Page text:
On January 29, 2024, Associate Justice Frank M. Gaziano of the Massachusetts Supreme Judicial Court, sitting as a single justice, denied an emergency petition by individual Massachusetts voters challenging Donald Trump’s eligibility to appear on the state’s presidential primary and general election ballot. The challengers are a mix of Republican, Independent, and Democratic voters and include former Boston Mayor Kim Janey and two leading law professors. They are represented by Free Speech For People (FSFP) along with nationally recognized litigator Shannon Liss-Riordan of the Massachusetts-based civil rights firm Lichten & Liss-Riordan, P.C.

The appeal followed a decision by the Massachusetts Ballot Law Commission that it does not have the jurisdiction to consider the challenge. The appeal asked the Massachusetts Supreme Judicial Court to either declare Trump ineligible or to order the Commission to conduct immediately all proceedings necessary to issue a ruling on the merits by the statutory deadline of January 29, 2024.

The statute says that “The commission shall have jurisdiction over and render a decision on any matter referred to it, pertaining to the statutory and constitutional qualifications of any nominee for, national … office; [or] the certificates of nomination or nomination papers filed in any presidential … primary.” Another provision refers to “Objections to certificates of nomination and nomination papers for candidates at a presidential primary.

Justice Gaziano, acting as a single justice, denied the emergency petition on the basis of Massachusetts state law. He ruled that, under Massachusetts law, Trump is not scheduled to appear on the Republican primary ballot pursuant to “nomination papers” or a “certificate of nomination,” and hence the Ballot Law Commission lacks jurisdiction. He did not rule on any of the central issues surrounding Trump’s disqualification.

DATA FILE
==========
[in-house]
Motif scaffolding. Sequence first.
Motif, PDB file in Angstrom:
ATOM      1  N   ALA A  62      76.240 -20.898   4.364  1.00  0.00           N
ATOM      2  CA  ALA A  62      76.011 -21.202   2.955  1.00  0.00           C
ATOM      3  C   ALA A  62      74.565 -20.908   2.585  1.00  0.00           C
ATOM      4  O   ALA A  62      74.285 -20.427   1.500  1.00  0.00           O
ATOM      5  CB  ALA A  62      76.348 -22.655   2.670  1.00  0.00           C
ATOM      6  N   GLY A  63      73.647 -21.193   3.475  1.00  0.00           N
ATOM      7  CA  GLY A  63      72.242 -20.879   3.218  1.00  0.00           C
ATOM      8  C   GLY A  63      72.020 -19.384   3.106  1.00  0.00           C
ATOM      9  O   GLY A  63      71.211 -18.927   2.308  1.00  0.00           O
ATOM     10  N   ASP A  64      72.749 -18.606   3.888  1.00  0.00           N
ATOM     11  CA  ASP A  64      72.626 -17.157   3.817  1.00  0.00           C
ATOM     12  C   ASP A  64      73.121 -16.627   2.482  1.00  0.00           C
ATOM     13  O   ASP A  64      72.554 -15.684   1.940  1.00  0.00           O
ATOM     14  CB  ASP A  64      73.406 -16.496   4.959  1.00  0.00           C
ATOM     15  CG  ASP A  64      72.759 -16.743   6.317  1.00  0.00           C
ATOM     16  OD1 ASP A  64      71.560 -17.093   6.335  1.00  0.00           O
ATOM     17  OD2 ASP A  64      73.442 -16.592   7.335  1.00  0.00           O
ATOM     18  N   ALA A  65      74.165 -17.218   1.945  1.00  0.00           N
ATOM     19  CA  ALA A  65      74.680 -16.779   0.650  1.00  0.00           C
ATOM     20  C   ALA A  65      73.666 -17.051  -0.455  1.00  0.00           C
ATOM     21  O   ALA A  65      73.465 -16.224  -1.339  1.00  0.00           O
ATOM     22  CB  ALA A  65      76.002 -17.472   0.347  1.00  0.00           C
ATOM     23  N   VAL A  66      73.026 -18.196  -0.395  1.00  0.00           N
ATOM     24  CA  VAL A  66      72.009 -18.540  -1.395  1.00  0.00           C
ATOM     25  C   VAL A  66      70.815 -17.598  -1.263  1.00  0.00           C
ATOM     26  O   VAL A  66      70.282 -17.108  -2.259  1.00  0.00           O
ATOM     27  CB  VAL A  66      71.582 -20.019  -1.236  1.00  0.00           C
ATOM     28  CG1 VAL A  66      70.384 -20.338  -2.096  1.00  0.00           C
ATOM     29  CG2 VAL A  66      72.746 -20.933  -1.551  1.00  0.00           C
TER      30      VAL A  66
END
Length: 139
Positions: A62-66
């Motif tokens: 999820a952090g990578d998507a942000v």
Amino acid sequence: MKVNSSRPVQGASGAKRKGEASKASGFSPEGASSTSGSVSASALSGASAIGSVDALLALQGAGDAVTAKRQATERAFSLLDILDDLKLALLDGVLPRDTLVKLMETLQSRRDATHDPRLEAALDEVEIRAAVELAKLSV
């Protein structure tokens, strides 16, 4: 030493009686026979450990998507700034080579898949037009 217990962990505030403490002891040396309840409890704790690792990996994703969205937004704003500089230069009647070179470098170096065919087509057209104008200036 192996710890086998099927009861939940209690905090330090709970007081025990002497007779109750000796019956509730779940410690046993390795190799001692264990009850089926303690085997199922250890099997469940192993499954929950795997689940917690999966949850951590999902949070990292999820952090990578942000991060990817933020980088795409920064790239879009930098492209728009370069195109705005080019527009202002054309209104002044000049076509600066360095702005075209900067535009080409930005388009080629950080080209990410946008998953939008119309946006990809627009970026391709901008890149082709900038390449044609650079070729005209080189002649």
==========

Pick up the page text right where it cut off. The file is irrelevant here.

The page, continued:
The challengers plan to immediately appeal the single justice’s decision to the full Massachusetts Supreme Judicial Court.

Every state that has addressed the merits of Trump’s qualifications under Section 3 has found that he engaged in insurrection after taking the oath of office and is therefore disqualified from the presidency. The Colorado Supreme Court and Maine’s Secretary of State have established that Trump incited and engaged in the January 6th insurrection and is therefore ineligible to hold future public office under Section 3 of the Fourteenth Amendment, also known as the Insurrectionist Disqualification Clause. On January 28, 2024, a Republican former state court judge, sitting as a hearing officer for the Illinois State Officers Electoral Board, recommended the board find that Illinois state law does not allow the board to decide the question, but that if it does reach the merits, that Trump in fact incited and engaged in the January 6th insurrection and is therefore ineligible to hold future public office under Section 3 of the Fourteenth Amendment.

Read the single justice’s decision here.

Read more about our Massachusetts challenge here.

Read more about our nationwide efforts to ban constitutionally disqualified insurrectionists like Donald Trump from public office here.